How do you interpret “life as she saw it” being that she lived a reclusive lifestyle?
Some people say Flannery was a mystic. She wasn’t a mystic. She was an eccentric because of the the way she was raised. I think she was a recluse because the way her mother, Miss Regina, trained her to be removed from the masses. Regina was well named. She was queenly! She would have wrapped Flannery in cotton to keep her safe from everything.

And in her writing?
In a way, I think she explored. We do it normally and naturally. I think she did it to stay sane. She wrote out of her experience, whether it was hers or someone else’s. People in town didn’t like to interact with her as they didn’t want to show up in one of her stories!

How did Flannery’s battle with lupus further isolate her?
Flannery was beautiful, but the disease ravaged her. Her hands were always wet and she used to apologize for dirtying the piano keys. They had to turn a first-floor parlor into her bedroom when she couldn’t climb the stairs. She almost lived like a hermit. She hated it. Her disease made her really know about our mortality.

But her disease did not keep her from writing.
She used a manual typewriter. She never had an electric typewriter or a TV. She would sit at the typewriter three hours in the morning and in the evening, even if she didn’t write a word. She was a very disciplined, prolific writer.

Her writings are steeped in reli­gious themes. What can you tell us about her spirituality?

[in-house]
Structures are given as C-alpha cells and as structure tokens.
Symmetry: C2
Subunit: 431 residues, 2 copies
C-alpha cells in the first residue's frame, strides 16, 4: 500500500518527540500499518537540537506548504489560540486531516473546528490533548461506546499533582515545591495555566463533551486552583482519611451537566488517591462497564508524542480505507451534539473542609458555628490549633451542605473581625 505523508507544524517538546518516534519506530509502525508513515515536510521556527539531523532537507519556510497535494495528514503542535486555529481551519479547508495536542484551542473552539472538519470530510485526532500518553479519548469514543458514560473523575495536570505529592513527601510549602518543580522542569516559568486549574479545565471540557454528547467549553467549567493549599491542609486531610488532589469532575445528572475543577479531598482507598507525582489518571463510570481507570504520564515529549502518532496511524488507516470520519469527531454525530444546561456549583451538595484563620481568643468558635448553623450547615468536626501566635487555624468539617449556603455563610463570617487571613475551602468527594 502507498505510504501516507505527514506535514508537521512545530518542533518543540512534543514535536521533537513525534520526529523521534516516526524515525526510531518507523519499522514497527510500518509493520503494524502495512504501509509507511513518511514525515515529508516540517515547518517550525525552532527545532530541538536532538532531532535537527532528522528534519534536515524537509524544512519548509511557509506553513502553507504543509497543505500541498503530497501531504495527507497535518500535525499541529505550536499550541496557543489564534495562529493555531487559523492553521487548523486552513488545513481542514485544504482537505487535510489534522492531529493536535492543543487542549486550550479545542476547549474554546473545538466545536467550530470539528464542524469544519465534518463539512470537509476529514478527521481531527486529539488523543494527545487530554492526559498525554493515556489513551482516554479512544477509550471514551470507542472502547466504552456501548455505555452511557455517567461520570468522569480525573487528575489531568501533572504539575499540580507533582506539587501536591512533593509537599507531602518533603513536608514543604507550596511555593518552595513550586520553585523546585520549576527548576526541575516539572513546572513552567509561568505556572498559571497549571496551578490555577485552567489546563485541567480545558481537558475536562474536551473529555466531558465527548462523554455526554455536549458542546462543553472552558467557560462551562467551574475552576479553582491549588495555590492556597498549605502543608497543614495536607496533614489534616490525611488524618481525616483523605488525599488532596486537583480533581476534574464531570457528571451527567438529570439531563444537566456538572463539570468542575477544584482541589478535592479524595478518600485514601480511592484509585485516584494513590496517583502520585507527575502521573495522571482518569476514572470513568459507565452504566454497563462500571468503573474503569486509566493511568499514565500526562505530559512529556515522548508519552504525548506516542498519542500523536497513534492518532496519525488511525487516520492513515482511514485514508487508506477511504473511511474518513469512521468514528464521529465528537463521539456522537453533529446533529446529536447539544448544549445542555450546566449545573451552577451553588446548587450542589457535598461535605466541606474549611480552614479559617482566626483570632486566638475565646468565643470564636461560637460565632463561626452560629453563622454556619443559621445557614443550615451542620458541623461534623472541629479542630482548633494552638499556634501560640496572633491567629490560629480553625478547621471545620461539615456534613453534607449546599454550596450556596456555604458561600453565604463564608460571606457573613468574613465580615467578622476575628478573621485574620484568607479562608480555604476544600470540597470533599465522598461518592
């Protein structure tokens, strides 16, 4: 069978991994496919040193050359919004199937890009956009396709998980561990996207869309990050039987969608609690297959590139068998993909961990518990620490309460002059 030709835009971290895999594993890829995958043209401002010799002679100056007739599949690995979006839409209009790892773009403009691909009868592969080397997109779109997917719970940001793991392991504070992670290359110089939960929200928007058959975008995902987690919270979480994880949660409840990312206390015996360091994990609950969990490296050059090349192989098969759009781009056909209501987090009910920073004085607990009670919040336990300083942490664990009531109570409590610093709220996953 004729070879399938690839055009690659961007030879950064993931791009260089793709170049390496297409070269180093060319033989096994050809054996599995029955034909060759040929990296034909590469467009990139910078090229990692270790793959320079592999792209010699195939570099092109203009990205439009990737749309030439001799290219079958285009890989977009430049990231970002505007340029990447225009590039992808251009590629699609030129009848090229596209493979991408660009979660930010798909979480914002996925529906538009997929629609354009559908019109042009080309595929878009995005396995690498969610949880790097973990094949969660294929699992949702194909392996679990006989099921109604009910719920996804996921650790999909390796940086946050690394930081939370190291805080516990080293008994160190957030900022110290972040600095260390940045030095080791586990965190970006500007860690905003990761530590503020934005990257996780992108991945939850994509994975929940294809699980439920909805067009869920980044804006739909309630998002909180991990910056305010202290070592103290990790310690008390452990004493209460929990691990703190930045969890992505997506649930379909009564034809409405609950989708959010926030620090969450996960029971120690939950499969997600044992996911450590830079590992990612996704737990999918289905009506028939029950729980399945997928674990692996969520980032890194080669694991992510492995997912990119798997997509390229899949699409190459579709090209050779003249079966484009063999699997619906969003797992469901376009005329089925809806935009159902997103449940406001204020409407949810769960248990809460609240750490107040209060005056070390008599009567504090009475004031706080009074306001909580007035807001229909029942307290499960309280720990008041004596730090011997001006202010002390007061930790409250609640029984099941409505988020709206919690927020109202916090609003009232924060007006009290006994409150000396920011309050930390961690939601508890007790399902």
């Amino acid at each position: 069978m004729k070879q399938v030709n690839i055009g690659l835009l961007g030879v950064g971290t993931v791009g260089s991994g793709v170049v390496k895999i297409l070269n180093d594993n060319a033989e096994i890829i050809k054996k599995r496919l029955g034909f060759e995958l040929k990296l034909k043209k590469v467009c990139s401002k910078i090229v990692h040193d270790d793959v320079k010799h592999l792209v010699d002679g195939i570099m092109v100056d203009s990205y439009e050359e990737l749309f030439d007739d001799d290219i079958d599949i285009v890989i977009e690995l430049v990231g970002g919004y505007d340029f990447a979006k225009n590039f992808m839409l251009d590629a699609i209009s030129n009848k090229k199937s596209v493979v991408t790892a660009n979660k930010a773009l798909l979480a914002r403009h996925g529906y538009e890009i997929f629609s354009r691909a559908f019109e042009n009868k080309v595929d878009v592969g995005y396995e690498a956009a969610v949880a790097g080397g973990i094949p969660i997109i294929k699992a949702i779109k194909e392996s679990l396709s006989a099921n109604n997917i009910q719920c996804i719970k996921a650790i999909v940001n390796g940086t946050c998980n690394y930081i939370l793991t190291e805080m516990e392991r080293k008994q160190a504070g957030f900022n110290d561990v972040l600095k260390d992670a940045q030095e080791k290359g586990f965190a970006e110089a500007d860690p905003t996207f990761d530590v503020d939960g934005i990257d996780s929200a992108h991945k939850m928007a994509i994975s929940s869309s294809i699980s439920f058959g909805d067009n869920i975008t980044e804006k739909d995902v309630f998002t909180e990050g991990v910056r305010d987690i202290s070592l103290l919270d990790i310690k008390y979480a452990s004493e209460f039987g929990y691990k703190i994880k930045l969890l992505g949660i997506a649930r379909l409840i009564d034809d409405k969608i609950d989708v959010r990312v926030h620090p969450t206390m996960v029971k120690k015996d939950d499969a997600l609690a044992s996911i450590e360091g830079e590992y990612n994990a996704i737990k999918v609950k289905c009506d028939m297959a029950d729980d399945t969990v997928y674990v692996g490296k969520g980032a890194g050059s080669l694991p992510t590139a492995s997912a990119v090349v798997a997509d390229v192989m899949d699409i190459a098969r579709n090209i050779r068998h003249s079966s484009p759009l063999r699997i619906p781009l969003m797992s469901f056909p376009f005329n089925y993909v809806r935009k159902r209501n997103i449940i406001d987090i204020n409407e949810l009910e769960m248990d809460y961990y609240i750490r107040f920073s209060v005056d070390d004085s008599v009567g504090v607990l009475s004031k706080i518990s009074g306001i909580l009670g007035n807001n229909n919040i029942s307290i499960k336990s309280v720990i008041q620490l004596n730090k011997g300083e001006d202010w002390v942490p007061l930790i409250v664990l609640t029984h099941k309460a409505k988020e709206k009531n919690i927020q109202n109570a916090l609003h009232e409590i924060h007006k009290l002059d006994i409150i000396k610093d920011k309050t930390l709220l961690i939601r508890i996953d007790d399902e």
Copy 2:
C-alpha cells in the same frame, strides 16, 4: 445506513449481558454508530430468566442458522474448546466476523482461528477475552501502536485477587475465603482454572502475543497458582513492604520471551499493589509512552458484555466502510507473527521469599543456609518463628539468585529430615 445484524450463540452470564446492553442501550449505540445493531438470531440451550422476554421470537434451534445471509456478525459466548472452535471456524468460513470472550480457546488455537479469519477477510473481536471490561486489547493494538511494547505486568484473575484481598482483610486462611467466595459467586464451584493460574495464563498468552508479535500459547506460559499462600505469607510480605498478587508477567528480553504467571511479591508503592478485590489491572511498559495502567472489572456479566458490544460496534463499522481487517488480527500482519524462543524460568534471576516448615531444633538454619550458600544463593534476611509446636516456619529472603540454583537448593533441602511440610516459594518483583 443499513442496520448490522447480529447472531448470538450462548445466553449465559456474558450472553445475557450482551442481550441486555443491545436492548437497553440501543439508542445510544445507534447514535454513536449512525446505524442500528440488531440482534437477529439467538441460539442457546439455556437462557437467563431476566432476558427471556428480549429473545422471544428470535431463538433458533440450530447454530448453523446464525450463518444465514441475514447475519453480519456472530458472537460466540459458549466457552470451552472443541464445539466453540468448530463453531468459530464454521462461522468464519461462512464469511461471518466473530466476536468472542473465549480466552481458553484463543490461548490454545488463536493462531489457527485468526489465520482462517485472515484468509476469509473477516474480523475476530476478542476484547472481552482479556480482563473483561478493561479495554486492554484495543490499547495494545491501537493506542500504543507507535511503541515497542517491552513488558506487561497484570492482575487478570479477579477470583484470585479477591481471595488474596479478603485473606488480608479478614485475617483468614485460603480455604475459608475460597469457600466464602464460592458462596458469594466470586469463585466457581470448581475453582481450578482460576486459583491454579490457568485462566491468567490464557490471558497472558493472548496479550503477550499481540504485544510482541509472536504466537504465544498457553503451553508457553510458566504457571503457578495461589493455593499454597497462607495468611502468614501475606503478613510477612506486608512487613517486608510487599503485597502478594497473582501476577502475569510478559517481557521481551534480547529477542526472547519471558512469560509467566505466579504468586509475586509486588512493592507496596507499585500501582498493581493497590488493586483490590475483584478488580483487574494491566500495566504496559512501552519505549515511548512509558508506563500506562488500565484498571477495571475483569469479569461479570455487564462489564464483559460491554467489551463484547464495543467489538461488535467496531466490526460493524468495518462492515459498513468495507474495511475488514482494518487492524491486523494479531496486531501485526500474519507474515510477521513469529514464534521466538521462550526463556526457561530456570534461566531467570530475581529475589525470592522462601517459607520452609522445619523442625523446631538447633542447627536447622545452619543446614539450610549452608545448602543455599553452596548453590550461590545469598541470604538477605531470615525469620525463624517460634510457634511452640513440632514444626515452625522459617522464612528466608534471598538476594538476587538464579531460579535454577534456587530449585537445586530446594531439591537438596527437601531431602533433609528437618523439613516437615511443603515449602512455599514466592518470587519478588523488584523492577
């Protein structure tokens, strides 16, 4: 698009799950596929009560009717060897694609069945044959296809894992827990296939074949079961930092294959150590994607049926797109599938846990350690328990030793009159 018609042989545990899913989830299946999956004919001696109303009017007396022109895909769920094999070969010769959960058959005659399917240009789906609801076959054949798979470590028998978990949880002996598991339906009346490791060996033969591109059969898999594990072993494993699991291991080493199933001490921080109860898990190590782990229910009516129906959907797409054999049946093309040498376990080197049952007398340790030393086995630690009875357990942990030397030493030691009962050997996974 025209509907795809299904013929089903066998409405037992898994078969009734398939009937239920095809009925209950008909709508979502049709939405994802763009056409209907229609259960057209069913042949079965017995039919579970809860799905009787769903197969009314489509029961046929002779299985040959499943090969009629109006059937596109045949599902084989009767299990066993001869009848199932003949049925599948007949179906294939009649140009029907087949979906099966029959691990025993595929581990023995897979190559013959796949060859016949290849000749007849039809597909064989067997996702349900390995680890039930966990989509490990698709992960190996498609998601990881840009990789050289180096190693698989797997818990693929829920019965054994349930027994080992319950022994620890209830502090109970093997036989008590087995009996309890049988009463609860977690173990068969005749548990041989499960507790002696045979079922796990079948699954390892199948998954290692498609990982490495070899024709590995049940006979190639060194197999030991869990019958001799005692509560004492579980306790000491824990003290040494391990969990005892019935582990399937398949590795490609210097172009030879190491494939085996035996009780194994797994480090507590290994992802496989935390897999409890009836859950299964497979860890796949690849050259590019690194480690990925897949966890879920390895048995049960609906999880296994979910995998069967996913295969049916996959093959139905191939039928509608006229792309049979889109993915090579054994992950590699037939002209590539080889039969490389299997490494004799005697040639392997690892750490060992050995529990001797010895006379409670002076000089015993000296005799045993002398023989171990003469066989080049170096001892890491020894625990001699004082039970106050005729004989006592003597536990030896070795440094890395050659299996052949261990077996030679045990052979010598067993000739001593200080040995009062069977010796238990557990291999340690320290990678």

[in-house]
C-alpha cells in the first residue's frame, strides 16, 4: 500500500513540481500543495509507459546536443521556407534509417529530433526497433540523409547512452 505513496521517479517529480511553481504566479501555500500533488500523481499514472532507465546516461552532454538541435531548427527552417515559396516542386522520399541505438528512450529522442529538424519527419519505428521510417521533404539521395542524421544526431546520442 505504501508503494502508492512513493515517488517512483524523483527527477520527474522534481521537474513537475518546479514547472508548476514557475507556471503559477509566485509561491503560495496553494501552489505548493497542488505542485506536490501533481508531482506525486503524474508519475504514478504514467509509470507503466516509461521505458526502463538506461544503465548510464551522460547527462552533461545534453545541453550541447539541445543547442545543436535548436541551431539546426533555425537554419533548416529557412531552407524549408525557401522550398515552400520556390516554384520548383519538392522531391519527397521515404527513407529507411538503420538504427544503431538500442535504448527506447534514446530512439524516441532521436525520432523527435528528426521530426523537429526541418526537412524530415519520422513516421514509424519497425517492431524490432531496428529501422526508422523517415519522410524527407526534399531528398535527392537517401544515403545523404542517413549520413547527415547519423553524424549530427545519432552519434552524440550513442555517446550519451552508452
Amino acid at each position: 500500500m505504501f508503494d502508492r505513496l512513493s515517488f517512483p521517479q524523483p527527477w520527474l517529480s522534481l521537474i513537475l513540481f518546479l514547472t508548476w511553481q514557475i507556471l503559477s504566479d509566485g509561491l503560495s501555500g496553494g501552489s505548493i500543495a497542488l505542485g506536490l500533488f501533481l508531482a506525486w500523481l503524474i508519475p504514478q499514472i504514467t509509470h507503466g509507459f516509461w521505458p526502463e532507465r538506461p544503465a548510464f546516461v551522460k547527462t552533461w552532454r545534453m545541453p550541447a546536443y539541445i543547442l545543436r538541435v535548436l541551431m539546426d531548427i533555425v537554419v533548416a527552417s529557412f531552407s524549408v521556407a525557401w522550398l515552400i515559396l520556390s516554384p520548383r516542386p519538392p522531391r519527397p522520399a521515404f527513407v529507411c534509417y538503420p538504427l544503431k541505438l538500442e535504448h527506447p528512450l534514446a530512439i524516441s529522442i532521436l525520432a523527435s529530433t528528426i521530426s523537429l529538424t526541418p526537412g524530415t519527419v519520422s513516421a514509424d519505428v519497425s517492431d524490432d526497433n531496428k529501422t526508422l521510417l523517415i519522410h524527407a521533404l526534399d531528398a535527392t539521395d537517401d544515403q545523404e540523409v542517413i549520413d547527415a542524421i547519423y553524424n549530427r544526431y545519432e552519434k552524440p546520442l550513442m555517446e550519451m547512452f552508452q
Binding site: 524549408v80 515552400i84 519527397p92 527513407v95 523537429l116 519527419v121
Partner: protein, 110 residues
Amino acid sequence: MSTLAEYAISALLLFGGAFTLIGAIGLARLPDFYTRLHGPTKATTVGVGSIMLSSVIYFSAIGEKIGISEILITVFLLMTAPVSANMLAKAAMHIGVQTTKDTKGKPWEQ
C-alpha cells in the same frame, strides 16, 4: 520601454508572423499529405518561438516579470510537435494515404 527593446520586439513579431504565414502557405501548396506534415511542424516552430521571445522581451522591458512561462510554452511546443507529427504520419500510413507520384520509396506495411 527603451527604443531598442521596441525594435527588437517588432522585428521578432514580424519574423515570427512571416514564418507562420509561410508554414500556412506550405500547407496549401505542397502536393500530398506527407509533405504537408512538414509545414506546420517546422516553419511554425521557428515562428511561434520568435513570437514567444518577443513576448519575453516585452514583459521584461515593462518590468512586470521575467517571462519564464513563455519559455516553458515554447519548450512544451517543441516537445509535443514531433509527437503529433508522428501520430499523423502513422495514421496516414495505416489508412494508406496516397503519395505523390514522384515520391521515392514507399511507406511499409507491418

Flannery was a very spiritual woman. A Catholic growing up in the Baptist South, she was very traditional. She loved the church but hated the changes. She always loved her Catholic faith and it was part and parcel of who she was.

Yet her gothic stories were far from traditional, especially consid­ering the time and place.
Flannery was not afraid to say what she thought and she had a raw sense of humor.

You cannot talk about Flannery without talking about Andalusia, the family farm and the birds she raised.
Andalusia was a working dairy farm. In fact, the family hosted displaced persons after World War II and also had a black family living and working on the farm. I can still see Miss Regina riding a mule in her straw hat, which she continued to wear until the day she died.

Now Flannery collected all kinds of birds. She especially loved peacocks and is well known for raising them. She called them “the all-seeing eye of God.” They were magnificent. She loved it when children came to the farm to see them.

How did you keep in touch with her over the years?
We stayed friends and wrote letters back and forth. My biggest regret is that I didn’t save the letters.

When did you last see Flannery?
The last time I saw her was May 1964. She was not well. I can still see her on the crutches waving goodbye with the peacocks all around her. She died in August. She was 39 years old.

How do you feel when you look back on your friendship?
She left us a wonderful legacy in her writing, but my relationship with her is really my story. Flannery was a big part of my life. I treasure that. I feel very blessed and very privileged to have known her and to say she was my friend.